Thursday, February 18, 2010

Govt has departed from democratic principles – CCZ

Govt has departed from democratic principles – CCZ
By Sandra Mulowa
Thu 18 Feb. 2010, 04:00 CAT

THE Council of Churches in Zambia (CCZ) has observed that there has been a departure from democratic principles to a non-tolerant culture. And the CCZ has said the performance of the judicial system in Zambia leaves much to be desired.

CCZ general secretary reverend Susan Matale on Tuesday said since 1991 Zambia had embraced a democratic system of government, a government for the people, by the people and for the people which entailed that the people's aspirations were to be determined by themselves and calls for the principles of equal participation and freedom of expression to be enhanced. She said the objectives and aspirations of the 1990's had died down.

Rev Matale said the governance system did not promote equal participation and justice for the ordinary citizens, as only a few elite were the beneficiaries. She said many accused persons spent unrealistically longer periods in detention awaiting trial and time taken to conclude court cases could not go without comment.

Rev Matale said this was injustice and an infringement of one's right to freedom and fair trail. She called upon the government to comprehensively review the country's judicial system so as to enable the speedy delivery of a fair trail for all.

"It has been noticed that the rich, the powerful and famous appear to be above the law and go scot-free while the poor languish in prisons," Rev Matele said.

She said as next year's tripartite elections approached and various political parties were preparing to launch their pre-elections campaigns, it was prudent that the same were held in free, fair and transparent manner.

"It is therefore the duty of all patriotic Zambians to conduct themselves in a matter that ensures that the campaigns and elections are held under a fair and violence free environment," she said.

"However, the country is now experiencing a time of severe moral degradation as can be seen from the unpalatable language that our politicians are using against each other."

Rev Matale observed that insults, name-calling and character assassination had become the norm of the day as the country draws towards the polls. She said the language being used was not only unacceptable but also a bad precedent for children.

Rev Matale said CCZ condemned any acts by any person or institution that undermined the holding of elections in a free and peaceful atmosphere.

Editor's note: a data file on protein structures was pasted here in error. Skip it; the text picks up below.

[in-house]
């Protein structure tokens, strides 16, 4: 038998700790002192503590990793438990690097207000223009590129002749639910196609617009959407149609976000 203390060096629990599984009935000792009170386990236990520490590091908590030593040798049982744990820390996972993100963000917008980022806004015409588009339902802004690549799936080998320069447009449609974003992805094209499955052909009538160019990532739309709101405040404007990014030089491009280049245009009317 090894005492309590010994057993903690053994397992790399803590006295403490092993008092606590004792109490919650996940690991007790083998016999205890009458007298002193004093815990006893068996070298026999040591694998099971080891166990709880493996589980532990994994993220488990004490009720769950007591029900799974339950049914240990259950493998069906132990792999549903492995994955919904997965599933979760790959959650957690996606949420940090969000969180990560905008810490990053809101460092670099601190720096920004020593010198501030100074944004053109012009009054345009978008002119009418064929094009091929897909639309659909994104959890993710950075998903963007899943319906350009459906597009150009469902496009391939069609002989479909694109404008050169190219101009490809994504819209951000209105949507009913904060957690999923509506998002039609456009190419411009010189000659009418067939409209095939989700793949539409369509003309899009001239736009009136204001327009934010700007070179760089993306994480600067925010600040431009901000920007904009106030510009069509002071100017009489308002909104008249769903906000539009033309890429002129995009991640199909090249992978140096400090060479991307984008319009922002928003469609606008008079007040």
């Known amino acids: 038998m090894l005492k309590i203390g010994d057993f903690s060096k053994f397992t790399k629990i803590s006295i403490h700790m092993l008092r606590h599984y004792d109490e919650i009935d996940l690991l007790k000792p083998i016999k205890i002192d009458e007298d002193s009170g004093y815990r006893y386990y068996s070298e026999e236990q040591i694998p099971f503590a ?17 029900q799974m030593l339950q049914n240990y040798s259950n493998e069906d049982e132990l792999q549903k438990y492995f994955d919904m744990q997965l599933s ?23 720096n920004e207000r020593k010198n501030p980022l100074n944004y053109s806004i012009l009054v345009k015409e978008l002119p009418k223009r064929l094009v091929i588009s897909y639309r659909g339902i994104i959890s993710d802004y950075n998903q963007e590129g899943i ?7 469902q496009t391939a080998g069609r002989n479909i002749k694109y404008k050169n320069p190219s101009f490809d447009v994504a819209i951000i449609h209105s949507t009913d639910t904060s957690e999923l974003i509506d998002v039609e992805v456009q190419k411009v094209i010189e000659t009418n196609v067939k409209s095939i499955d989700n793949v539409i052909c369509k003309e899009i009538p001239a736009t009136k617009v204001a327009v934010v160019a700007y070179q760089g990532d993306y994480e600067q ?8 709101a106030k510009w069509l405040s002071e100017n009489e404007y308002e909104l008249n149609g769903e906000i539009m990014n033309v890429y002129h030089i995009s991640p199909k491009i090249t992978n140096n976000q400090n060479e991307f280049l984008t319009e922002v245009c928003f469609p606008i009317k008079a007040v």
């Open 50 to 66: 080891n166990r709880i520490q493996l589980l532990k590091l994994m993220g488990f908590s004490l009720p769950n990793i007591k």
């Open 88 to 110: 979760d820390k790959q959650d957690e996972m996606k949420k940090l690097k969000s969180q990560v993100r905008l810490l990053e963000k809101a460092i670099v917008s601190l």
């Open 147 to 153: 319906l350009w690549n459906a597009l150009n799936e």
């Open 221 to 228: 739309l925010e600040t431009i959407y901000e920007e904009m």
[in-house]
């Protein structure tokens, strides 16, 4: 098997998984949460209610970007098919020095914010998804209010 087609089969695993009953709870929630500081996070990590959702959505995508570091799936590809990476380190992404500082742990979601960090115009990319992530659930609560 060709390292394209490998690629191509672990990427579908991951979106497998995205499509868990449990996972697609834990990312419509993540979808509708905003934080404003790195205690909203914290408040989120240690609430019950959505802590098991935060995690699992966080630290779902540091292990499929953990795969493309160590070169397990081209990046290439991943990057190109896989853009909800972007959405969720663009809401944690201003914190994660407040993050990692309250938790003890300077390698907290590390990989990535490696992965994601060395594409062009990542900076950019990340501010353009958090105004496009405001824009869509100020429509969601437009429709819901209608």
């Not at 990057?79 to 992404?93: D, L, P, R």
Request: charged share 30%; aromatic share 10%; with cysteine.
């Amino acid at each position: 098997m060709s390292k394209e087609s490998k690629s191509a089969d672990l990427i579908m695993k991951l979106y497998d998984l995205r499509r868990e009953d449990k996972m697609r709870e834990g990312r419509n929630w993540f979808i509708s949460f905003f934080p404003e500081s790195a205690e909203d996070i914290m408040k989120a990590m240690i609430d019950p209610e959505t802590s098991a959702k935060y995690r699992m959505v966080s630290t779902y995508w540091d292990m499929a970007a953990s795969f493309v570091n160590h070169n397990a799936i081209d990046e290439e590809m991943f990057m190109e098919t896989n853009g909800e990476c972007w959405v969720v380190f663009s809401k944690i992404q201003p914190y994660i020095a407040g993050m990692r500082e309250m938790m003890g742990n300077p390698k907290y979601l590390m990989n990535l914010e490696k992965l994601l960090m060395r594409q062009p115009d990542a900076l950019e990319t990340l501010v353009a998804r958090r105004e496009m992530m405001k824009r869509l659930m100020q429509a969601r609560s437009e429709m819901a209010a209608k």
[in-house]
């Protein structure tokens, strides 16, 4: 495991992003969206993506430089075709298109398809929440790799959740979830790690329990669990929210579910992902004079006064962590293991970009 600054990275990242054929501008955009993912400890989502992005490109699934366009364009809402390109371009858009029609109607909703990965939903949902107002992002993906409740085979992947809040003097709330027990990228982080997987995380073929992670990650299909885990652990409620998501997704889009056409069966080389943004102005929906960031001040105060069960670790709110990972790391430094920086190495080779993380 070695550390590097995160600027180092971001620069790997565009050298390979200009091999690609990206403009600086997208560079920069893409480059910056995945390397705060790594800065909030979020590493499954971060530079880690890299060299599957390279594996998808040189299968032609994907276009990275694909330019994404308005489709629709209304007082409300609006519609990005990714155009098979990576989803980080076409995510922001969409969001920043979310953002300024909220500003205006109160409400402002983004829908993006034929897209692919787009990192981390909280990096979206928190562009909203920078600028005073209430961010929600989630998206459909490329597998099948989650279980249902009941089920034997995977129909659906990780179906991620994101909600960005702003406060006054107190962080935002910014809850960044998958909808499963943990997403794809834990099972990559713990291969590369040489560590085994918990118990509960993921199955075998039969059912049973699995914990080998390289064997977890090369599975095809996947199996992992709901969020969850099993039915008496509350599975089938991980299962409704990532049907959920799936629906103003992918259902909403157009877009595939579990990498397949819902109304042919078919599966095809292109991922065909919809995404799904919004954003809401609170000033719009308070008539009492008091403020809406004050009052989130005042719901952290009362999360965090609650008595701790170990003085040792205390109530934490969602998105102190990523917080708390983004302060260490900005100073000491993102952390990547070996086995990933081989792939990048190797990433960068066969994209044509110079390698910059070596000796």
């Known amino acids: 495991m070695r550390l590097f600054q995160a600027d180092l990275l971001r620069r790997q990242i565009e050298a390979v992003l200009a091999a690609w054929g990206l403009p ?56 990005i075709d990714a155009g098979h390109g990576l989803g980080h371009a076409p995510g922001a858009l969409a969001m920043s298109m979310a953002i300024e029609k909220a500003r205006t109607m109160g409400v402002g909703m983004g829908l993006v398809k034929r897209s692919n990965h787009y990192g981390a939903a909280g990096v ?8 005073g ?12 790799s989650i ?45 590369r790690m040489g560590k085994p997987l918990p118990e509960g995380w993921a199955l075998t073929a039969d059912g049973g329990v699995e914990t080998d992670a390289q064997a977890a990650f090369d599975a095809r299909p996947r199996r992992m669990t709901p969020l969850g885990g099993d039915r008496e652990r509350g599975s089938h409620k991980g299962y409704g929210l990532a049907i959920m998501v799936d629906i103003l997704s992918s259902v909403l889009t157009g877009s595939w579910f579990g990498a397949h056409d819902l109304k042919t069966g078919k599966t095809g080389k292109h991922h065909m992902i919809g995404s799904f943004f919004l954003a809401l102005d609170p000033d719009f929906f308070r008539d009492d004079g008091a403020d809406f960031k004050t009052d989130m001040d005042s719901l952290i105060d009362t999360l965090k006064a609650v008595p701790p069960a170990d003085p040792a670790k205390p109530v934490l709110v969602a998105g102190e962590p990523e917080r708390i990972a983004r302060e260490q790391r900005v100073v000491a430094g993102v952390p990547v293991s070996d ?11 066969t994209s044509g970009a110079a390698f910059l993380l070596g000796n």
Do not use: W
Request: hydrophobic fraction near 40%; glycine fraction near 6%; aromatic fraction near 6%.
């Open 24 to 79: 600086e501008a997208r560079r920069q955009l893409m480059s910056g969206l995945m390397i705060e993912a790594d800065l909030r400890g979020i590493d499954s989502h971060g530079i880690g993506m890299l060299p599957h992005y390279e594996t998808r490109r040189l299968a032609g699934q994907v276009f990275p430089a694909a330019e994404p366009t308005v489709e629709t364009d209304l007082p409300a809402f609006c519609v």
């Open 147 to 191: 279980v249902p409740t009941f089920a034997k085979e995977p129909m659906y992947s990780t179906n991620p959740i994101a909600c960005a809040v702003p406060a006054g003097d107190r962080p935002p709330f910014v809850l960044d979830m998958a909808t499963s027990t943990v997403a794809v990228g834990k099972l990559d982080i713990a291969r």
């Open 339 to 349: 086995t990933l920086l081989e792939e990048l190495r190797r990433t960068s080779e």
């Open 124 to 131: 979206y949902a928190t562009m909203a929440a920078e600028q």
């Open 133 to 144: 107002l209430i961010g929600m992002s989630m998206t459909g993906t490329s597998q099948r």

"Whereas we call upon members to turn up in large numbers to register as voters in the voter registration exercise which starts in June 2010, we beseech all political parties to avoid politicizing the exercise," she said.

Rev Matale called upon the Zambia Police Service and other law enforcement agencies to exhibit traits of impartiality in the execution of their duties during this period up to the polls.

She also called on the media to be ethical and offer a balanced reporting of events leading to the polls so as to accord every Zambian the right to information.

Rev Matale said despite the government in the last ten years championing the message of zero tolerance to corruption, corruption remained rampant, especially in government institutions where colossal sums of money continue to be pocketed by a few individuals.

"This act not only deprives the country of the much needed revenue but has also resulted in reduced service provision and deteriorating living conditions for the majority of Zambians especially those living in densely populated rural areas. Corruption is the greatest enemy to the country's development. Government needs to scale up their corruption prevention programmes," she said.

Rev Matale said Zambia had continued to experience deteriorating and alarming poverty levels despite the country recording significant economic improvements such as the attainment of the single digit inflation rate and the six percent economic growth.

"This is as a result of unequal distribution of resources from the purported economic gains, misplaced priorities, wastefulness, greed and corruption on the part of those in authority and the continued development of policies that favor the investors and outsiders at the expense of the ordinary citizens," she said.

"Poverty is not only a demeaning state of humanity but also undermines the citizens capacity to participate in the country's agenda. Poverty deprives the people of God-given ability of free will as their bargaining power is weakened."

Rev Matale said poverty had been a recipe for corruption, increased crime rates and accounted for the majority of electoral malpractices during elections where people exchange their right to choose for money and other material things.

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